Changes in the inductance L of the coil 21 cause corresponding changes in the frequency f of the oscillator 22. The instantaneous value of this frequency f is convened into a corresponding voltage by the converter 26. The voltage V measured at the output 210 of the filter 28 is therefore a function of f, which is itself a function of L, and therefore also of μ.
If so desired, the value of the measured voltage V at the output 210 may be passed to a comparator (not depicted), where it can be compared with a reference voltage value V0. Referring to FIG. 1, the condition V=V0 can then be used to trigger a relay (via the carrier 25) so as to open (or close) the switch 13.
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|U.S. Classification||320/107, 429/93|
|International Classification||H01M10/48, H02J7/00, H02J7/04, H01M10/46|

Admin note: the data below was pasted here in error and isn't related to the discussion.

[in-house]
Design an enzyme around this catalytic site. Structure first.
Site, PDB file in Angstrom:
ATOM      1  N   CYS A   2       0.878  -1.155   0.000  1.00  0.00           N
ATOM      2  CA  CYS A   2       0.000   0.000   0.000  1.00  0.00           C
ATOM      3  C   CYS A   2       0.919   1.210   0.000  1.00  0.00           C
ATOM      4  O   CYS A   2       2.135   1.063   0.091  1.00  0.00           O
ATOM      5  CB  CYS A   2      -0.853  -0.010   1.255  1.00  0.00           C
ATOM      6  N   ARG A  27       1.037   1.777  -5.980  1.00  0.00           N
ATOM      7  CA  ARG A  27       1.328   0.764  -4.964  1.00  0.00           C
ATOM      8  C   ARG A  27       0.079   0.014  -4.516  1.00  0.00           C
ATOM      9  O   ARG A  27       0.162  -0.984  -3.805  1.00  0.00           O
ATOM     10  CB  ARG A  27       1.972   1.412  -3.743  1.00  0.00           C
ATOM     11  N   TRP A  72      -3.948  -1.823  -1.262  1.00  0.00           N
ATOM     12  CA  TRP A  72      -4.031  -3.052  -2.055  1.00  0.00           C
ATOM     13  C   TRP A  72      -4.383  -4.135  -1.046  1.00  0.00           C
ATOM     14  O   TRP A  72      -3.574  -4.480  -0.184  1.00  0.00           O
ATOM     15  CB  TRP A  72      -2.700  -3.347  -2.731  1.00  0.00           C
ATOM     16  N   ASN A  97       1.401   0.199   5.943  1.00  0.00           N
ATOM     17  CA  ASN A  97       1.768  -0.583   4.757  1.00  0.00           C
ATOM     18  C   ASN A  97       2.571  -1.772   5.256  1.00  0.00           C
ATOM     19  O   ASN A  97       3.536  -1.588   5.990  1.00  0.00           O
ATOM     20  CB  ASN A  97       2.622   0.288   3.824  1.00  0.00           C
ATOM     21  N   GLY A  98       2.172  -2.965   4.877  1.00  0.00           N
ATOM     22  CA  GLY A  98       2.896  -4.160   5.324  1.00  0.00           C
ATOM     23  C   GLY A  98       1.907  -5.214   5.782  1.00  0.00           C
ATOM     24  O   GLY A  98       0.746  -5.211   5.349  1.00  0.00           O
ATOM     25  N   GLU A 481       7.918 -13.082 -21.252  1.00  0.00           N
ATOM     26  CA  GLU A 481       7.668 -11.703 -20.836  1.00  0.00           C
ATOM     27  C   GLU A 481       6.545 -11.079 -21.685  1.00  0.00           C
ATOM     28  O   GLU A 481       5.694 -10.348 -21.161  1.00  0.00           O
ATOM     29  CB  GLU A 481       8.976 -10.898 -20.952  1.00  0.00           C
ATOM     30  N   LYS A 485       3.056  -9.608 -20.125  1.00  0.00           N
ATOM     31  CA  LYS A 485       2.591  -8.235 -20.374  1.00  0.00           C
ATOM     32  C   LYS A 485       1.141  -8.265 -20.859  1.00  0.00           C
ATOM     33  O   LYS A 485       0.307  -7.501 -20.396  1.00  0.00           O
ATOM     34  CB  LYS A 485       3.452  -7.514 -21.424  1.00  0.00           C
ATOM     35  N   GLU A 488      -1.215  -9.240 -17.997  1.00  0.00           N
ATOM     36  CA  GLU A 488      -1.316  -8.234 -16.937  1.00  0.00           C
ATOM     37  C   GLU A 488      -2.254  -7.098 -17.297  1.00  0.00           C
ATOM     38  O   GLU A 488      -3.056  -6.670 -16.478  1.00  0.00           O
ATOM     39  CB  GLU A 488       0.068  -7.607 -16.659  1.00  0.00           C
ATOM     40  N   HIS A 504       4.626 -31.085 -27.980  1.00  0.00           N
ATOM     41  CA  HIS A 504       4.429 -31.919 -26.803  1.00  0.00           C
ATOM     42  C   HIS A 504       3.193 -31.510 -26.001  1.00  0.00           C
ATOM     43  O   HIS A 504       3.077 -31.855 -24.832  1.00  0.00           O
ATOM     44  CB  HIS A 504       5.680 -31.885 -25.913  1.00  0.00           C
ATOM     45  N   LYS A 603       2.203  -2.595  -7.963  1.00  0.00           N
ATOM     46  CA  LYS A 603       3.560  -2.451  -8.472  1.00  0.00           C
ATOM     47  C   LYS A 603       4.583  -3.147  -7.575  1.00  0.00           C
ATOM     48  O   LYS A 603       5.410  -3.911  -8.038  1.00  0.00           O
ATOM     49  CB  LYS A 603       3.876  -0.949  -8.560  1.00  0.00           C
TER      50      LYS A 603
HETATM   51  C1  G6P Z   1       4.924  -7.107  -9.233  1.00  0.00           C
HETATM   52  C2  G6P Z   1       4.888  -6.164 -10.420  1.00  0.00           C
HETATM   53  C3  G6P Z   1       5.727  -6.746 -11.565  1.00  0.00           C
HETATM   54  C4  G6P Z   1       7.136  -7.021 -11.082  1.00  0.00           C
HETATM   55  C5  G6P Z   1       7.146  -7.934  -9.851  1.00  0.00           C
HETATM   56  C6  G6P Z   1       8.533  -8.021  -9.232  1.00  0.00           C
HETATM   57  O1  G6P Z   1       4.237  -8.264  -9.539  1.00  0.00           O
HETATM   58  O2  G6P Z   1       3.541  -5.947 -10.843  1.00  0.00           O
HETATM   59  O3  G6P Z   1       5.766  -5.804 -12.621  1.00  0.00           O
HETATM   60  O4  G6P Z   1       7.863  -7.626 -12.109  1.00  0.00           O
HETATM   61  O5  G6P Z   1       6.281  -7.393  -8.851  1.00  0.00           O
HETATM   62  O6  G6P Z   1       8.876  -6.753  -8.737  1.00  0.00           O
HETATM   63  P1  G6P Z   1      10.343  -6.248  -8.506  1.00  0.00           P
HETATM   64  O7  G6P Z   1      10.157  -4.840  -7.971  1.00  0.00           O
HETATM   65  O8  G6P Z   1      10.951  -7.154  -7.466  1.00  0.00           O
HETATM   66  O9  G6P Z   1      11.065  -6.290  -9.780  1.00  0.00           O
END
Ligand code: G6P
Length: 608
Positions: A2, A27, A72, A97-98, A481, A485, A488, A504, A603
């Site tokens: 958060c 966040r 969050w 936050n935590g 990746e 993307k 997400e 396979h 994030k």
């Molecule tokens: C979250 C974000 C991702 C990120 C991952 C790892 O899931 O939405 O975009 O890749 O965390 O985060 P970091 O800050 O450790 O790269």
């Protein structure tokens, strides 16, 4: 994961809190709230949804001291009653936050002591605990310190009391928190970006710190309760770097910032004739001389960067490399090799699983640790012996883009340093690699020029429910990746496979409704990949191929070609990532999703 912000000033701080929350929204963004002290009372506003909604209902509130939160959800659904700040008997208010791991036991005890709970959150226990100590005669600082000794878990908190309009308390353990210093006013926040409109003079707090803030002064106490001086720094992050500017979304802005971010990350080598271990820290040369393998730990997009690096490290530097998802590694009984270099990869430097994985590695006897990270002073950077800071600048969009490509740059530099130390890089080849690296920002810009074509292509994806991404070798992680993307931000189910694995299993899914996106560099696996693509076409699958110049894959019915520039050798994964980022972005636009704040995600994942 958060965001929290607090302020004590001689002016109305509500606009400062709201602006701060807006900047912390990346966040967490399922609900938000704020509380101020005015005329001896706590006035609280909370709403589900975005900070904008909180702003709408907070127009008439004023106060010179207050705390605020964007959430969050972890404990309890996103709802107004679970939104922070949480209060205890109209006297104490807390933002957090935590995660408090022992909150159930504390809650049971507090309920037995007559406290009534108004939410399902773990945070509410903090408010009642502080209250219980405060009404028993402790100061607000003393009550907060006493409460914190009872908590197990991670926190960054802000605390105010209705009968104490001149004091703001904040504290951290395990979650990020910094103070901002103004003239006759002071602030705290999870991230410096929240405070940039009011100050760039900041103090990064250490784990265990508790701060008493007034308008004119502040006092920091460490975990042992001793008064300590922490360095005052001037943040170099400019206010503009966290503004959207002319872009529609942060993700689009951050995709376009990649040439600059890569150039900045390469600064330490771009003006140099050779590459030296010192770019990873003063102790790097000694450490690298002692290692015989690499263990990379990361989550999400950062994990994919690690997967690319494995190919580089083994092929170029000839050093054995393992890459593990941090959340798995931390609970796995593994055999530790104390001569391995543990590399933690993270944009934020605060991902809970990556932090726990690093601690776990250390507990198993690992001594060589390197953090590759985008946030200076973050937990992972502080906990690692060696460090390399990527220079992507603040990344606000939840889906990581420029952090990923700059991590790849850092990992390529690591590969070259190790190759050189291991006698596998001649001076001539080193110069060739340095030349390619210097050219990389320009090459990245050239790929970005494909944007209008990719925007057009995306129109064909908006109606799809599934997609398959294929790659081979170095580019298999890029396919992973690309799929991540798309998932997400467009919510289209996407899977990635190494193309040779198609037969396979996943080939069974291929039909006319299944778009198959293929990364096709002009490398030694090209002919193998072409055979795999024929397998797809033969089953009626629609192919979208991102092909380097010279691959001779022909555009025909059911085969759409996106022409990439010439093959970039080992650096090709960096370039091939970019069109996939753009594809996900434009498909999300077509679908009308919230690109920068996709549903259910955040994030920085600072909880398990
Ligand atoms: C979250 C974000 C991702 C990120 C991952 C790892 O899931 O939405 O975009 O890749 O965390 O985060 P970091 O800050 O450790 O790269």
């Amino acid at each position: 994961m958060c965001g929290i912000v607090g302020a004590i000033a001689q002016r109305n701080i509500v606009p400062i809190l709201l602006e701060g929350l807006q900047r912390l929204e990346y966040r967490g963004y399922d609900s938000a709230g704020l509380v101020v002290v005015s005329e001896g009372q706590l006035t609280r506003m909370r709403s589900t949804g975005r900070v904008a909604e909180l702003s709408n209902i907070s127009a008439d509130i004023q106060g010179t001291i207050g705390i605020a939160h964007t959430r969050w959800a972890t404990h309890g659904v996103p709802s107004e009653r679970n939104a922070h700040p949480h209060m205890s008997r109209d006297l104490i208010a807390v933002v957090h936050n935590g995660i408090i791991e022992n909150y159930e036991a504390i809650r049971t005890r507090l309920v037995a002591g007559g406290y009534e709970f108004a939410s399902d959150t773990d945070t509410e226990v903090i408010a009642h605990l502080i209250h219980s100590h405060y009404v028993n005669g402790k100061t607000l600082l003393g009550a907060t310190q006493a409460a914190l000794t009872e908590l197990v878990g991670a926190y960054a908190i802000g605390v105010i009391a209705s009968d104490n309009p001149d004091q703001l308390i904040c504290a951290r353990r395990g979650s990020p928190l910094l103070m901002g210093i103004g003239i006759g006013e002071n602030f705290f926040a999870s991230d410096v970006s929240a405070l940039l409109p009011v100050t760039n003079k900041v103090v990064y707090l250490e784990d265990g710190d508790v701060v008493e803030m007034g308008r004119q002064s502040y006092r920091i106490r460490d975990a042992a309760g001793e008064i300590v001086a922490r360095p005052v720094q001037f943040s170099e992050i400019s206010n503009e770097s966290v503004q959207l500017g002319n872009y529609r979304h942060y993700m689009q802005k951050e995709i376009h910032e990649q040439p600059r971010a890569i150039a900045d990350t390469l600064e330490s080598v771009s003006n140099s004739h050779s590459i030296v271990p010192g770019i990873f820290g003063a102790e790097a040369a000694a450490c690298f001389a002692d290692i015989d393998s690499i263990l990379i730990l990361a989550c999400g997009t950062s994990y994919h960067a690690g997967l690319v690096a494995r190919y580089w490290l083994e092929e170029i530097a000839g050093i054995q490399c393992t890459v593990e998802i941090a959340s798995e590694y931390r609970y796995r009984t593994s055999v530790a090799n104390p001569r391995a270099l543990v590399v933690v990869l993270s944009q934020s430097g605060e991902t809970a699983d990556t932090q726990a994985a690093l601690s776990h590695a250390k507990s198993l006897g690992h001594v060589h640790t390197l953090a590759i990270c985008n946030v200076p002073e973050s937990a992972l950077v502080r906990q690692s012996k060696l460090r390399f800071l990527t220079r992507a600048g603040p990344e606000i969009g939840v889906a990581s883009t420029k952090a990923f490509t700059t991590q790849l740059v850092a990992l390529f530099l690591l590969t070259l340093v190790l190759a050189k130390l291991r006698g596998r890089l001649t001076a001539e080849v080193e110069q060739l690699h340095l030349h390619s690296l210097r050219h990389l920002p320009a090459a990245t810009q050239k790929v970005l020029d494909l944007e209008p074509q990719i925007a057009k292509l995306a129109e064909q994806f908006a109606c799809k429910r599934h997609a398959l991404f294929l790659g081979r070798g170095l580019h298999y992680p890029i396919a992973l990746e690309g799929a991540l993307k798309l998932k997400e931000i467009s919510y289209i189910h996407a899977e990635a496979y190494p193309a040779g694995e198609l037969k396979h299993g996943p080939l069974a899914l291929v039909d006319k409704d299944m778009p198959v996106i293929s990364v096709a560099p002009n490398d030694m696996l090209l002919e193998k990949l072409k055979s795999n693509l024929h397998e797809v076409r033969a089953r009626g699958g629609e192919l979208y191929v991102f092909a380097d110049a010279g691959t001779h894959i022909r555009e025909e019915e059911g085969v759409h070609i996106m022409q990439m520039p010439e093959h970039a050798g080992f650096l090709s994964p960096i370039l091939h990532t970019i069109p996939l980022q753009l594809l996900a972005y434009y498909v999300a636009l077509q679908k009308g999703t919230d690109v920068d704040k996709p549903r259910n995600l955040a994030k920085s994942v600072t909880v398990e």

|Cooperative Classification||H02J7/0088, H01M10/46|
|European Classification||H02J7/00M10D, H01M10/46|
|Apr 26, 1996||AS||Assignment|
Owner name: U.S. PHILIPS CORPORATION, NEW YORK
Free format text: ASSIGNMENT OF ASSIGNORS INTEREST;ASSIGNORS:SMITS, WILHELMUS J.M.;GILLISSEN, EDUARD E.A.;VAN BEEK, JOHANN R.G.C.M.;AND OTHERS;REEL/FRAME:007987/0482;SIGNING DATES FROM 19960404 TO 19960415
|Mar 30, 2001||FPAY||Fee payment|
Year of fee payment: 4
|Mar 28, 2005||FPAY||Fee payment|
Year of fee payment: 8
|Apr 27, 2009||REMI||Maintenance fee reminder mailed|
|Oct 21, 2009||LAPS||Lapse for failure to pay maintenance fees|
|Dec 8, 2009||FP||Expired due to failure to pay maintenance fee|
Effective date: 20091021